Jan. 27 - when UN arms inspectors report to the Security Council on Iraq - will be "an important date," as President Bush contemplates whether to go to war, but "events will dictate timetables," White House press secretary Ari Fleischer said. He acknowledged differences among UN members as to whether a second resolution is needed to authorize military force. The Pentagon, meanwhile, agreed to set up a "boot camp" for journalists wanting to cover any conflict. This weekend, groups opposed to a war are planning their largest march to date in Washington.
Teenage sniper suspect John Lee Malvo may be tried in adult court, where he faces the death penalty if convicted. In a ruling Wednesday, a juvenile court judge in Fairfax, Va., found sufficient circumstantial evidence to link Malvo to four attacks in a multistate spree that left 13 people dead and five others injured. The families of two victims, meanwhile, planned to file a lawsuit in Washington against the gunshop where a Bushmaster assault rifle used in some of the shootings was bought, against the gun manufacturer, and against suspects Malvo and John Allen Muhammad.
Weighing in on a widely watched affirmative-action case, the Bush administration was to file a brief asking the US Supreme Court to declare the University of Michigan's race-influenced admissions policies unconstitutional. Bush said Wednesday that he strongly supports diversity, but that the school's methods "amount to a quota system." University President Dr. Mary Sue Coleman denied that claim in an appearance on ABC-TV's "Good Morning America," and opposition Democrats used the case to question Bush's support for civil rights. The Supreme Court is set to hear arguments in March, with its ruling expected later in the year.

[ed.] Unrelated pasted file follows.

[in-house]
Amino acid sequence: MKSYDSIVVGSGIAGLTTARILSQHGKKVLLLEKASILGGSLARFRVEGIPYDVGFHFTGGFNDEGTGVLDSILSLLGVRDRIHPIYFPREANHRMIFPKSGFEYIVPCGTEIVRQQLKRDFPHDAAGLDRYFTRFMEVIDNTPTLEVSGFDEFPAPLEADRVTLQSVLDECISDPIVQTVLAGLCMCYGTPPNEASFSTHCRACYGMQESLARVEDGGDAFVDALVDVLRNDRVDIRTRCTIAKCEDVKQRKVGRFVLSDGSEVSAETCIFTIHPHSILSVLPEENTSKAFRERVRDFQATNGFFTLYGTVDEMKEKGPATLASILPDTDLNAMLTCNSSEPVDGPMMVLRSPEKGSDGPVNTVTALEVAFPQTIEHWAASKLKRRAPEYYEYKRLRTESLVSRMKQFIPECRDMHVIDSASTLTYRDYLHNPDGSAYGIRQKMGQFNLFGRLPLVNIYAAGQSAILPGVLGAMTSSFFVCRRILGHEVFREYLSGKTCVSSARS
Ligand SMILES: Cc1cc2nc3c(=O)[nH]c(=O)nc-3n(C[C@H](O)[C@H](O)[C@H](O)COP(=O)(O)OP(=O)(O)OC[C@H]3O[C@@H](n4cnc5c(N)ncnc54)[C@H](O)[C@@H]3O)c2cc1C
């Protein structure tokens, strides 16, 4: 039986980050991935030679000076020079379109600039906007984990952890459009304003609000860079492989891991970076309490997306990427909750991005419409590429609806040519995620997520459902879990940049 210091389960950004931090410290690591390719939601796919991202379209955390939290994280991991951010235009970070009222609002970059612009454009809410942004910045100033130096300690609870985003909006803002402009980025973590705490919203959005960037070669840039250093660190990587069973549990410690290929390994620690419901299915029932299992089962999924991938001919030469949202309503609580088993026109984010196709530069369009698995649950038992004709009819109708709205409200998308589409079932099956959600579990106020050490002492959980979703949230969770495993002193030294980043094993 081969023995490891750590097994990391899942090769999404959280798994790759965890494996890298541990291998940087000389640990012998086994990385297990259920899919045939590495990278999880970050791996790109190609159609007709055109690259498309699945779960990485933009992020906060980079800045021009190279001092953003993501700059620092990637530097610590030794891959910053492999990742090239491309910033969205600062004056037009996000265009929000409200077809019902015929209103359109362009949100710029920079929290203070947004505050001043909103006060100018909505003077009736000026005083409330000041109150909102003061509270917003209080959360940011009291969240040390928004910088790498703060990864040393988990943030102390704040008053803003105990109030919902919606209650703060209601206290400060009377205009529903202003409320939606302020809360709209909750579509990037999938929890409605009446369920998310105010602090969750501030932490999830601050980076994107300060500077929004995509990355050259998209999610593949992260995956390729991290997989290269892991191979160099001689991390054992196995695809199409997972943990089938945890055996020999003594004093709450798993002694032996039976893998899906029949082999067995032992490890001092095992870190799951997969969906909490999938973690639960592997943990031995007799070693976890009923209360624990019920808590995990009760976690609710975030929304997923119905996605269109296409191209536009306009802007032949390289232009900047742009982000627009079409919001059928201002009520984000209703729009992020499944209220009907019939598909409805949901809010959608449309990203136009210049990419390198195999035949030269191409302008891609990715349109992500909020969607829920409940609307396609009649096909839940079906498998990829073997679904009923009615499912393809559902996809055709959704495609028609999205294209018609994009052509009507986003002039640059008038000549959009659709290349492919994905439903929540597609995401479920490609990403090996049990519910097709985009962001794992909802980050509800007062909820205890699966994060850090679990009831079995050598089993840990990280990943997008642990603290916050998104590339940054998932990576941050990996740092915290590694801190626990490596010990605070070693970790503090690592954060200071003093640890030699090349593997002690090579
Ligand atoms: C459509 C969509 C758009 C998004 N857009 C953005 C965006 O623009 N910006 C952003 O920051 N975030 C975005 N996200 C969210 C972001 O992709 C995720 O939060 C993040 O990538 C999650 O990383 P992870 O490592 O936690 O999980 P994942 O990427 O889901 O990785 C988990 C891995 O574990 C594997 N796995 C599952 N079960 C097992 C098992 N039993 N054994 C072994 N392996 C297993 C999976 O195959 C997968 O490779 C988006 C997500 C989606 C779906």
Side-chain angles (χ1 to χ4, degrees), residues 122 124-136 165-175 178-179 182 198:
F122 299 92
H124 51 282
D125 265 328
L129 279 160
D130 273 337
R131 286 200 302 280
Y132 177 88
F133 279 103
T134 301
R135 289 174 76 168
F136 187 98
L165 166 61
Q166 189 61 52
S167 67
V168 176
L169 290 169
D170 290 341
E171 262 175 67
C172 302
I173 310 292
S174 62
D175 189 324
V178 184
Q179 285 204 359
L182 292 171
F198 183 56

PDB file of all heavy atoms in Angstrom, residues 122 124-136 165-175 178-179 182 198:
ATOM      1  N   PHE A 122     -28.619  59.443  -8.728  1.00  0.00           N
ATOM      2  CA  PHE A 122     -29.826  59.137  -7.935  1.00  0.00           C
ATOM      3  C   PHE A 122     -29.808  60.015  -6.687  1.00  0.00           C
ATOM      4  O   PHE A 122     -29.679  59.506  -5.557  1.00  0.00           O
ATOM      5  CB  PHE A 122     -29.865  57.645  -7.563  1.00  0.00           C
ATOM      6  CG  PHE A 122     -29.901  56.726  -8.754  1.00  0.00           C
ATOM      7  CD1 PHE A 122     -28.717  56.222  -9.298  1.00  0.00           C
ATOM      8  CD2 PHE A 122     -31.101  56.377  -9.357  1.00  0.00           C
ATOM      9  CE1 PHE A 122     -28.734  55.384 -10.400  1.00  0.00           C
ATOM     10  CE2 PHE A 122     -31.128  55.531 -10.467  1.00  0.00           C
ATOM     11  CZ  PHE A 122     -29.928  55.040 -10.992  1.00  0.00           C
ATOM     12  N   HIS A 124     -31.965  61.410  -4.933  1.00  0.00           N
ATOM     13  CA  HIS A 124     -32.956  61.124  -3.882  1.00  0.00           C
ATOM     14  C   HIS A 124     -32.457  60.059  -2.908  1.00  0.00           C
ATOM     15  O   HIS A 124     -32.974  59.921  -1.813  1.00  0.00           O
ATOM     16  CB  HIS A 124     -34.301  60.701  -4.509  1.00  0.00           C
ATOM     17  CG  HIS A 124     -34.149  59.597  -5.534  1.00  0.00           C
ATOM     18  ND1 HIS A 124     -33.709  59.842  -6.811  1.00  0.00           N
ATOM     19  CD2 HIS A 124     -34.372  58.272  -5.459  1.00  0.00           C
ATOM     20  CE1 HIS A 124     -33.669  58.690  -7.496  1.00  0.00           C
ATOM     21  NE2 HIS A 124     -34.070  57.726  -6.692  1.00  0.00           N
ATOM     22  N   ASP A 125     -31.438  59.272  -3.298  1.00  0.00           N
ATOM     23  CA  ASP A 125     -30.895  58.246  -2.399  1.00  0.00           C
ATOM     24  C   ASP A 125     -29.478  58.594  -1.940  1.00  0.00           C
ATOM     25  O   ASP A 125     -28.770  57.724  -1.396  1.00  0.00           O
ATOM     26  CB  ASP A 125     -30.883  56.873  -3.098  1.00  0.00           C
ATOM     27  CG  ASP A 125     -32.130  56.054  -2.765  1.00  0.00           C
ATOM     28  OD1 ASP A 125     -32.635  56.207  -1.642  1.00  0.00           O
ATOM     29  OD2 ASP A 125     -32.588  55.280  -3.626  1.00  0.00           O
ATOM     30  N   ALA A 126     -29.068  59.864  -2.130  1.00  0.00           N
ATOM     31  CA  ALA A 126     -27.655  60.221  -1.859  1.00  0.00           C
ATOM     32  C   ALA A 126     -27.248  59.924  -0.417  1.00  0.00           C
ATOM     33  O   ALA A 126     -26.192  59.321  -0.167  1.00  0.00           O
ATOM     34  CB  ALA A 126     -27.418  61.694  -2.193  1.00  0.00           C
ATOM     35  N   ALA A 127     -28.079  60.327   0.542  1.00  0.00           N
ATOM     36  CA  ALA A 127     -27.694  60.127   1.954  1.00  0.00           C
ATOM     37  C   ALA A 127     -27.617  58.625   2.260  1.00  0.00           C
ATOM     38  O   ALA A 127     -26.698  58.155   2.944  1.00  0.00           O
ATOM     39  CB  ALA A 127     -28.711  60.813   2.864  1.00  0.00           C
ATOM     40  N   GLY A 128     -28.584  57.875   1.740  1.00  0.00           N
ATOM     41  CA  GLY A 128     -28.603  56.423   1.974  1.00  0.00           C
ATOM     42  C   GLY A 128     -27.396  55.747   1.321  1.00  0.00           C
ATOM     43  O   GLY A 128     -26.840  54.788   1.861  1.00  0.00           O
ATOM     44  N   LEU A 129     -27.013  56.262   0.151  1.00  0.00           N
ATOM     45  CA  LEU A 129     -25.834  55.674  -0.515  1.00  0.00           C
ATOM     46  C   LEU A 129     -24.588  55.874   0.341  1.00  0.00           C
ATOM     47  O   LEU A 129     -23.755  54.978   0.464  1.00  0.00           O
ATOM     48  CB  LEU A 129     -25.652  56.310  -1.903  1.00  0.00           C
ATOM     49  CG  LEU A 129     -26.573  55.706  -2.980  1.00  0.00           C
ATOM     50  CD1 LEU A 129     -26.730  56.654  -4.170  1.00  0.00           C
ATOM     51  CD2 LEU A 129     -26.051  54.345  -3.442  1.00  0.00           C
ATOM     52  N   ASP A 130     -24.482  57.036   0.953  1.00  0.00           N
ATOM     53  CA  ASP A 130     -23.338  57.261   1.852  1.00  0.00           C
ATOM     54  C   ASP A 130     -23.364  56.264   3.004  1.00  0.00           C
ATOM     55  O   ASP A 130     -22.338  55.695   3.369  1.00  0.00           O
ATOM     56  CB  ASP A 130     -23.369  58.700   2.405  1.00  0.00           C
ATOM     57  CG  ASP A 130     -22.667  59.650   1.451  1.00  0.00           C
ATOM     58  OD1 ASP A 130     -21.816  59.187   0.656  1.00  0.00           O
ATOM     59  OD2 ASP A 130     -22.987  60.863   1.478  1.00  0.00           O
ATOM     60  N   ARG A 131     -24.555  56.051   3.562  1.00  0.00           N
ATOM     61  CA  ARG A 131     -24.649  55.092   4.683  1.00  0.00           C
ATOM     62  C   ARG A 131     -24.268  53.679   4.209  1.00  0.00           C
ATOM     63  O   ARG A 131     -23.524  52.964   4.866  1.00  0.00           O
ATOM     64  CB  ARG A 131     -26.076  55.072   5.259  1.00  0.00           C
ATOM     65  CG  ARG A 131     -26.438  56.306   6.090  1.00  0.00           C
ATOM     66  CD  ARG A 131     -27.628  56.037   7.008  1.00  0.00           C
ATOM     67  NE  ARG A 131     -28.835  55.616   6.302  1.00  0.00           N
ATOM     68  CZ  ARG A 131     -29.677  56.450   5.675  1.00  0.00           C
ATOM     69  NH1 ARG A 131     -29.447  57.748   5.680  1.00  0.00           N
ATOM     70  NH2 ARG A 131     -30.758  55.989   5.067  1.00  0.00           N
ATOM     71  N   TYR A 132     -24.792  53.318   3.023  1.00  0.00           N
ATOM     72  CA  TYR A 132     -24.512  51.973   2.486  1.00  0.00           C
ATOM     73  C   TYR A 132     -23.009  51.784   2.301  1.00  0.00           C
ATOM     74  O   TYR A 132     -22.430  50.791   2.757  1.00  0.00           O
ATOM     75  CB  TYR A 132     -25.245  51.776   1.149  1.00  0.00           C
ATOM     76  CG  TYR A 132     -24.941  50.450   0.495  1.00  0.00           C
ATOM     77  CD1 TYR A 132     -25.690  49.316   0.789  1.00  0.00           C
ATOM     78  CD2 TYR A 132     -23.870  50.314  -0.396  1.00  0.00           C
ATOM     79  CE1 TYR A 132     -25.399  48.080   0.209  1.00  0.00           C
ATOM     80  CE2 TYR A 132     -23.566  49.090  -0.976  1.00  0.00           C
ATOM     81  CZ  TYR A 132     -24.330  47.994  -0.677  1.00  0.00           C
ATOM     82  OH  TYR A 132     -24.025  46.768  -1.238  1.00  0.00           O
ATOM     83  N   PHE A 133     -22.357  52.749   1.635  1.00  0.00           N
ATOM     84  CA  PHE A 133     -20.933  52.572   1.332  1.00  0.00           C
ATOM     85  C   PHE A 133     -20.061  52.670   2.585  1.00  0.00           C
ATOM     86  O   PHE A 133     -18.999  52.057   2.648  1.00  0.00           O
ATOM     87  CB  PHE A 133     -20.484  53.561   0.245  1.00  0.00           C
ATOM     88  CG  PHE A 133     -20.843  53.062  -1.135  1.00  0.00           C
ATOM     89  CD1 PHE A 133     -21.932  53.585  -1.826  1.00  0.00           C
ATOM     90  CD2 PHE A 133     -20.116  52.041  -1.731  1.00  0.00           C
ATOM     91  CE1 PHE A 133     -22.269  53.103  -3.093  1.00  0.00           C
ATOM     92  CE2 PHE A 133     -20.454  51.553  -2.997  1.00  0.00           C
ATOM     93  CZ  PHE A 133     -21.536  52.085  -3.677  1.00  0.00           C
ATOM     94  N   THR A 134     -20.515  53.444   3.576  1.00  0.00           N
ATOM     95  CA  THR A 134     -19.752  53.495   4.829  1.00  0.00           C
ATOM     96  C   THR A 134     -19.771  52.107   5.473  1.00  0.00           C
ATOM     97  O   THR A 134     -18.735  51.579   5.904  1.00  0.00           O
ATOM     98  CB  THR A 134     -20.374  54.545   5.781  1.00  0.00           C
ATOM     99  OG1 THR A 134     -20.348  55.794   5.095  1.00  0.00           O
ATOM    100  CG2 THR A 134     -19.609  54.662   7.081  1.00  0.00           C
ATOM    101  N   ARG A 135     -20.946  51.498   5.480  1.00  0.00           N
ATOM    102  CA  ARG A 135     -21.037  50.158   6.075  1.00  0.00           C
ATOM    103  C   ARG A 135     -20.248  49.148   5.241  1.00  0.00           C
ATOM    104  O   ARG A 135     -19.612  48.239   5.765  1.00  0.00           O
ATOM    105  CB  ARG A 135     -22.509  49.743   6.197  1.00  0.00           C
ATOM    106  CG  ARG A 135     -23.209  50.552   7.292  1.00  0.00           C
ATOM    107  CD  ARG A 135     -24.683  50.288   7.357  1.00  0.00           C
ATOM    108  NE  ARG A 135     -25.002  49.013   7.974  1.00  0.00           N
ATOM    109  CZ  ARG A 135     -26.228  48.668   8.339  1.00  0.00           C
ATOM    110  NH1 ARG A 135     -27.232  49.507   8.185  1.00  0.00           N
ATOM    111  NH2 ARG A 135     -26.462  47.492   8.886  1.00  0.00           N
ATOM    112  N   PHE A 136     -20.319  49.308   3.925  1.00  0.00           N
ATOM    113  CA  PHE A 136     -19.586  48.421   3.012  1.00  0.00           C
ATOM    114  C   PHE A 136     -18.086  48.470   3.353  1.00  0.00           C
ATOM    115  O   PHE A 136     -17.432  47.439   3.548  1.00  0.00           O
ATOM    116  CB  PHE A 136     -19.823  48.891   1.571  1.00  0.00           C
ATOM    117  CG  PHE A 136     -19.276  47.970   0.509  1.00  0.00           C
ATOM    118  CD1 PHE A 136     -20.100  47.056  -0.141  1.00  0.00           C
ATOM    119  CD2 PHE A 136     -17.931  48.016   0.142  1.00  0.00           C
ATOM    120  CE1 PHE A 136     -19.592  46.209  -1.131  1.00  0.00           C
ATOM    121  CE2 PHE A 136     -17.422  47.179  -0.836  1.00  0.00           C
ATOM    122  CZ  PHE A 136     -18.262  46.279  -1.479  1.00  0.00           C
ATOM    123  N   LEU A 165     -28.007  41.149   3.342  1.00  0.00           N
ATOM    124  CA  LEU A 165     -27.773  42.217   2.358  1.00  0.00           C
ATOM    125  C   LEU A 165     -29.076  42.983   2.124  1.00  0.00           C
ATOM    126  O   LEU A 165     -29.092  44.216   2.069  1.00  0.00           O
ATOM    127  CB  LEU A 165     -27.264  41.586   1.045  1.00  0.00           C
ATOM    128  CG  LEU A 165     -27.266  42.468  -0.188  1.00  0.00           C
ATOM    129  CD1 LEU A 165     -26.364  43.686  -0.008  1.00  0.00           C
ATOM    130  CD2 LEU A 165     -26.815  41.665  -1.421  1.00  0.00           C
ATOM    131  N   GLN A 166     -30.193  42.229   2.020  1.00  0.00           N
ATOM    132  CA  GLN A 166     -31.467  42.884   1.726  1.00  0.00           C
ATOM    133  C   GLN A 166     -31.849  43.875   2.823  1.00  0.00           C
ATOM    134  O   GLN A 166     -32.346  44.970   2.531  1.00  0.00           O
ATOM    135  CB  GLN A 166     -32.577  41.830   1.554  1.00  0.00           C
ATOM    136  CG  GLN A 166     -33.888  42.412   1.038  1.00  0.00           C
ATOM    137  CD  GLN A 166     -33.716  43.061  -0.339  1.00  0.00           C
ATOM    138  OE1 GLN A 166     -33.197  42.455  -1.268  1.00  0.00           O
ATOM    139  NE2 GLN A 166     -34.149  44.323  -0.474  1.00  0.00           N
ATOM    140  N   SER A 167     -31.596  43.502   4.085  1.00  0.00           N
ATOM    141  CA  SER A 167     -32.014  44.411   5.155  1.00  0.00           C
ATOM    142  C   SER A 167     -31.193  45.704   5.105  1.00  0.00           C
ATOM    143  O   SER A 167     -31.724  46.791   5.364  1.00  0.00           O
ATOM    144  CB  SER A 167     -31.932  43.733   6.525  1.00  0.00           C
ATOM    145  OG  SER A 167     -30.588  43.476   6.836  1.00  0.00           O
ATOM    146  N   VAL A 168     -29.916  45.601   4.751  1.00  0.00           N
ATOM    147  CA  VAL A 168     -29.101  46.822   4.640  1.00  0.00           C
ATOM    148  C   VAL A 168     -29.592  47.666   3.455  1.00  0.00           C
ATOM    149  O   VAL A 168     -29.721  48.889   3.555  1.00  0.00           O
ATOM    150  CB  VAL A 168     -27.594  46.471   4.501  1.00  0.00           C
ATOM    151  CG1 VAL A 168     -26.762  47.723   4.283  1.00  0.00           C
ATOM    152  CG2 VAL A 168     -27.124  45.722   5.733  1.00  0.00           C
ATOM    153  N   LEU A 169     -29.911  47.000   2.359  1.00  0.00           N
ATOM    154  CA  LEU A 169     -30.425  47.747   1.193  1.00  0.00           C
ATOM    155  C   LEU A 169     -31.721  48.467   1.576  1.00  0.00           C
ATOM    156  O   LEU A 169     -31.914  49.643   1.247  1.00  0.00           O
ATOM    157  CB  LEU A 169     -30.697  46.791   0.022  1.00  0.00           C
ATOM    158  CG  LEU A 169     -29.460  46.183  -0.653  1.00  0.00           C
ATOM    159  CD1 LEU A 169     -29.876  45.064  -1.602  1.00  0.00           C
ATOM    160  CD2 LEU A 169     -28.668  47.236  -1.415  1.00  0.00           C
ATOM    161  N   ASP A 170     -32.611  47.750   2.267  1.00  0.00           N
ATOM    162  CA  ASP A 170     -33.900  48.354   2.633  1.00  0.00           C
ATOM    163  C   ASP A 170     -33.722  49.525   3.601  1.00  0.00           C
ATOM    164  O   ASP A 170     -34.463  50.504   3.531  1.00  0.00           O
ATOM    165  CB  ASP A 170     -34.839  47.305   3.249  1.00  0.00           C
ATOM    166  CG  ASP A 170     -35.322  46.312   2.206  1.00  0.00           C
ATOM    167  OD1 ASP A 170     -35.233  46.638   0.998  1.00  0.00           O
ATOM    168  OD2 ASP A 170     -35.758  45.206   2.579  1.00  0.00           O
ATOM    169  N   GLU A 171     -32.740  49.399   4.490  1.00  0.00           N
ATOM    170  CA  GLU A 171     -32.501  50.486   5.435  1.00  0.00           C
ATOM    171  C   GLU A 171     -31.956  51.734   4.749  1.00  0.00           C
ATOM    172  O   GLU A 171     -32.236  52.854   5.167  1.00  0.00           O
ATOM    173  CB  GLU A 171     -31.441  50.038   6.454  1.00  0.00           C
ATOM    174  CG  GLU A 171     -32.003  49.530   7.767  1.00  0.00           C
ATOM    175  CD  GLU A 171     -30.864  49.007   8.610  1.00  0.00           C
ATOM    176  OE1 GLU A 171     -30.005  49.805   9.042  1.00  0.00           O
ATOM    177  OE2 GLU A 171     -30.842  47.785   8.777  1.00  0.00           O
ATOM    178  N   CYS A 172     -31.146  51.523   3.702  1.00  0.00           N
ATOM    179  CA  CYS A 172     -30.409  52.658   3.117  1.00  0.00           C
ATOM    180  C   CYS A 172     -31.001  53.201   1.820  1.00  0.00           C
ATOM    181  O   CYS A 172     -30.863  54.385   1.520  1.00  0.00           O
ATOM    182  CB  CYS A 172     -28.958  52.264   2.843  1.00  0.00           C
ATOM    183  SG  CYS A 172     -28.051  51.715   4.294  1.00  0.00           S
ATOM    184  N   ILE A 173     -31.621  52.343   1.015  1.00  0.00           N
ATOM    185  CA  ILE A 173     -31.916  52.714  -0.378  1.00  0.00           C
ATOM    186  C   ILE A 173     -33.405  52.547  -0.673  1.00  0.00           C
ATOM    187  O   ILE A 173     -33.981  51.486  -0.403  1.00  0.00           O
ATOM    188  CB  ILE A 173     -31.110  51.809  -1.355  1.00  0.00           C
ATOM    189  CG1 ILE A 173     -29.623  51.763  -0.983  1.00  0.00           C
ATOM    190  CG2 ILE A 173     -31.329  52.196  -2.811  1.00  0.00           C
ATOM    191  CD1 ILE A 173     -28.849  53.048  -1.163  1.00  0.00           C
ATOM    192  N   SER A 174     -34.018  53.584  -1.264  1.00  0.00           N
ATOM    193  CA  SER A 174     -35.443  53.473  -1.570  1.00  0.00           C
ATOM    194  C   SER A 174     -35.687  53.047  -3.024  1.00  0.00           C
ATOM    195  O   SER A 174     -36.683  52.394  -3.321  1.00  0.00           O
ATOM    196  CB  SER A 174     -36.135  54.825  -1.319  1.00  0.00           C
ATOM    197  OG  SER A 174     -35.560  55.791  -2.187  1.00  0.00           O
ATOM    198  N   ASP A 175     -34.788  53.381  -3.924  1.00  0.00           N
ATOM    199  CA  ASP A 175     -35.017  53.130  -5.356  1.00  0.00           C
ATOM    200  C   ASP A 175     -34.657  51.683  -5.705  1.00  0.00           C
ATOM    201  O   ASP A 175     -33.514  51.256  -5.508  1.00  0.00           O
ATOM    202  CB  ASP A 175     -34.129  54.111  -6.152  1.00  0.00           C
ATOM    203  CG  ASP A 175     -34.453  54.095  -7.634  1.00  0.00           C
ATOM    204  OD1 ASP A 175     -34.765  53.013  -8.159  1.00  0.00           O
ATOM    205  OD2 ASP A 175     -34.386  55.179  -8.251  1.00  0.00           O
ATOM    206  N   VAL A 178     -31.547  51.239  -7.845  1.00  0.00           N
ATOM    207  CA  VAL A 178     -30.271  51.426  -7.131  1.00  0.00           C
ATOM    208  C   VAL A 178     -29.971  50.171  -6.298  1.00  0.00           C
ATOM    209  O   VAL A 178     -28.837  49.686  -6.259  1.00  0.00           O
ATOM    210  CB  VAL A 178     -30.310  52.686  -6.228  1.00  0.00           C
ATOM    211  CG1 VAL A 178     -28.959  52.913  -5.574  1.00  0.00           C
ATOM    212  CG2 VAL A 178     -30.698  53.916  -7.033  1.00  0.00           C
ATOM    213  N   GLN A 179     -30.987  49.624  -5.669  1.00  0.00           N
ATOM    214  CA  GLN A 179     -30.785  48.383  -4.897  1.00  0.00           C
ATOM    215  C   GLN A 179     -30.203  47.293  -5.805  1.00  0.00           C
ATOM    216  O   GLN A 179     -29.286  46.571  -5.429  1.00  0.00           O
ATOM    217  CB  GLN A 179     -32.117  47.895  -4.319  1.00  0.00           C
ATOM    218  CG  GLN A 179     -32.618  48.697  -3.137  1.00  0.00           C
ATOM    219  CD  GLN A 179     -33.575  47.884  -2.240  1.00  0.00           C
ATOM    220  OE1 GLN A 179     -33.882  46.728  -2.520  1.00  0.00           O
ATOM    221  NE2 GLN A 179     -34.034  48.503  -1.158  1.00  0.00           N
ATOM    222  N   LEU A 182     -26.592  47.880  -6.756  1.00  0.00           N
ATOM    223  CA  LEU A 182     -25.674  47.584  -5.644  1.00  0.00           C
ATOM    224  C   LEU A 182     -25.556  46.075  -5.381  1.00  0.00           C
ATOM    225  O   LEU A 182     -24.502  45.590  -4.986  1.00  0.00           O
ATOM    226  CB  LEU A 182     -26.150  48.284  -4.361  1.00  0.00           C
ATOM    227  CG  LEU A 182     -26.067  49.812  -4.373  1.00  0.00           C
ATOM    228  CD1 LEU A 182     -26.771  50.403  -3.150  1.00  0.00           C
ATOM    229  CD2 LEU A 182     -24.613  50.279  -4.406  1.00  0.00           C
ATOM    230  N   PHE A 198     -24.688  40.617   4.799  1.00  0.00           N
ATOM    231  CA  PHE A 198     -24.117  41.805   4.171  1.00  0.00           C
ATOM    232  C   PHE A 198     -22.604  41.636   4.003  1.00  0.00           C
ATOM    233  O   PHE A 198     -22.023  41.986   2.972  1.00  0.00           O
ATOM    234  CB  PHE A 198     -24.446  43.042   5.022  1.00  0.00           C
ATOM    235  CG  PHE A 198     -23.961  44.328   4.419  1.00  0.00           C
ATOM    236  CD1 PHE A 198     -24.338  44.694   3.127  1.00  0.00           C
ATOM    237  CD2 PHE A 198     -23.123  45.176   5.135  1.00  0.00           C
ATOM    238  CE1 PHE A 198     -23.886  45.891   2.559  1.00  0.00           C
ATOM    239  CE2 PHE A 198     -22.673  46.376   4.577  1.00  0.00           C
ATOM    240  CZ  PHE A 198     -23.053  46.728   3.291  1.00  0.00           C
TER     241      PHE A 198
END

A Texas college professor who set off a nationwide alert over missing vials of bubonic plague was to appear in court on charges of giving false information to the FBI. Authorities allege that Dr. Thomas Butler, a researcher in infectious disease at Texas Tech University in Lubbock, destroyed the 30 samples that he reported missing Tuesday. All of the vials have been accounted for and there is no danger to public safety, the FBI said.
In the latest sign that inflation remains under control, consumer prices edged up a scant 0.1 percent in December, the Labor Department reported. Last month's minuscule rise in the Consumer Price Index followed an 0.2 percent increase in November.
The San Diego Zoo was celebrating the arrival of Gao Gao, a rare giant panda on loan from the government of China for the next six years. He'll spend a month in quarantine, but after that, zookeepers hope that Gao Gao, a male, will produce offspring with a resident female, Bai Yun. The zoo has had success in the past with Hua Mei, the first giant panda cub born in the US.